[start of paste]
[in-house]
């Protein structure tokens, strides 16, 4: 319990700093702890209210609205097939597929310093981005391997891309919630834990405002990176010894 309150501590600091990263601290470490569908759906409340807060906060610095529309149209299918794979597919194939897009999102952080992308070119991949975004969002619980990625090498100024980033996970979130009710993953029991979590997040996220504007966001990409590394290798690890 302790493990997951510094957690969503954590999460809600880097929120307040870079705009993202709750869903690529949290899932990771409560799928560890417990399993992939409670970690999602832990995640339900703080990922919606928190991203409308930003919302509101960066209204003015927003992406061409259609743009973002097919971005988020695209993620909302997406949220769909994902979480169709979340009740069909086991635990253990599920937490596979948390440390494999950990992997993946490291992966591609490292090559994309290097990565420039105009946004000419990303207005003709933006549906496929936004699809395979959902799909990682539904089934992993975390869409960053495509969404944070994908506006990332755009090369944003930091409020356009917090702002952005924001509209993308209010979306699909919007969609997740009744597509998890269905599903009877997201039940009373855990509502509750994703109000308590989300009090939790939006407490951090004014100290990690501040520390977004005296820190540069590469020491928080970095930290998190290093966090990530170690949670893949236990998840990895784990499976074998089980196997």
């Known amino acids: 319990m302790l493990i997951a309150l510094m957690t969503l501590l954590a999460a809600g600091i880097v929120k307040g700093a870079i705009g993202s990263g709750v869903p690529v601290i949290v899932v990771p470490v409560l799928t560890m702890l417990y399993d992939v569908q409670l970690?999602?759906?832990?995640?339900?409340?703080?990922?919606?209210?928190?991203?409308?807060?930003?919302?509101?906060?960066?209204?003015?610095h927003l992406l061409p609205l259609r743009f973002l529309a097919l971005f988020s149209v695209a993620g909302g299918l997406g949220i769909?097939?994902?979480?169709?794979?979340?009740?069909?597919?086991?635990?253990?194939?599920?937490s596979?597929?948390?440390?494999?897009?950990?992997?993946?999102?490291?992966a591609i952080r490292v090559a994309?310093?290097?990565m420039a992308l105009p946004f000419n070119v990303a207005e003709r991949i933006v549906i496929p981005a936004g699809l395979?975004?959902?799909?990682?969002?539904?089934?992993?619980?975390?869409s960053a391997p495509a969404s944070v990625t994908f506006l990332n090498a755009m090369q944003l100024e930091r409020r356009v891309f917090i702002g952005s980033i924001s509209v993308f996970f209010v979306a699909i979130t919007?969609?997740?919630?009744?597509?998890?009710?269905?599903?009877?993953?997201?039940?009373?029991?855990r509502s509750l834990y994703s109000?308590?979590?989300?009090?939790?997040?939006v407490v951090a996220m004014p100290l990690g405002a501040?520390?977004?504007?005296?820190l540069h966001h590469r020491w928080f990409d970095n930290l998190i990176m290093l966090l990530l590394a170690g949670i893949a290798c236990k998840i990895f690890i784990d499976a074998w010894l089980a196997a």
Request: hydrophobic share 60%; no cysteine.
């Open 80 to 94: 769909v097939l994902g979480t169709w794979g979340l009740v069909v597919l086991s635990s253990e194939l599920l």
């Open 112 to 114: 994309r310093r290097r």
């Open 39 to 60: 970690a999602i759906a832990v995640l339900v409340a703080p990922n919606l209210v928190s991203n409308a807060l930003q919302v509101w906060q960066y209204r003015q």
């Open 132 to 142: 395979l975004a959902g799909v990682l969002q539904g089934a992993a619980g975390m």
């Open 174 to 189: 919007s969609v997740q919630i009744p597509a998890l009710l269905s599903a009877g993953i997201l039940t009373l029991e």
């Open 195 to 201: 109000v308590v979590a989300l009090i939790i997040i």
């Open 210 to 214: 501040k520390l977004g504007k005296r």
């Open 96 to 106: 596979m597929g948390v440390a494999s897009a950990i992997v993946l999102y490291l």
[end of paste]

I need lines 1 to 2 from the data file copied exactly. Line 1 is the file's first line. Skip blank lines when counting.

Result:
[in-house]
């Protein structure tokens, strides 16, 4: 319990700093702890209210609205097939597929310093981005391997891309919630834990405002990176010894 309150501590600091990263601290470490569908759906409340807060906060610095529309149209299918794979597919194939897009999102952080992308070119991949975004969002619980990625090498100024980033996970979130009710993953029991979590997040996220504007966001990409590394290798690890 302790493990997951510094957690969503954590999460809600880097929120307040870079705009993202709750869903690529949290899932990771409560799928560890417990399993992939409670970690999602832990995640339900703080990922919606928190991203409308930003919302509101960066209204003015927003992406061409259609743009973002097919971005988020695209993620909302997406949220769909994902979480169709979340009740069909086991635990253990599920937490596979948390440390494999950990992997993946490291992966591609490292090559994309290097990565420039105009946004000419990303207005003709933006549906496929936004699809395979959902799909990682539904089934992993975390869409960053495509969404944070994908506006990332755009090369944003930091409020356009917090702002952005924001509209993308209010979306699909919007969609997740009744597509998890269905599903009877997201039940009373855990509502509750994703109000308590989300009090939790939006407490951090004014100290990690501040520390977004005296820190540069590469020491928080970095930290998190290093966090990530170690949670893949236990998840990895784990499976074998089980196997």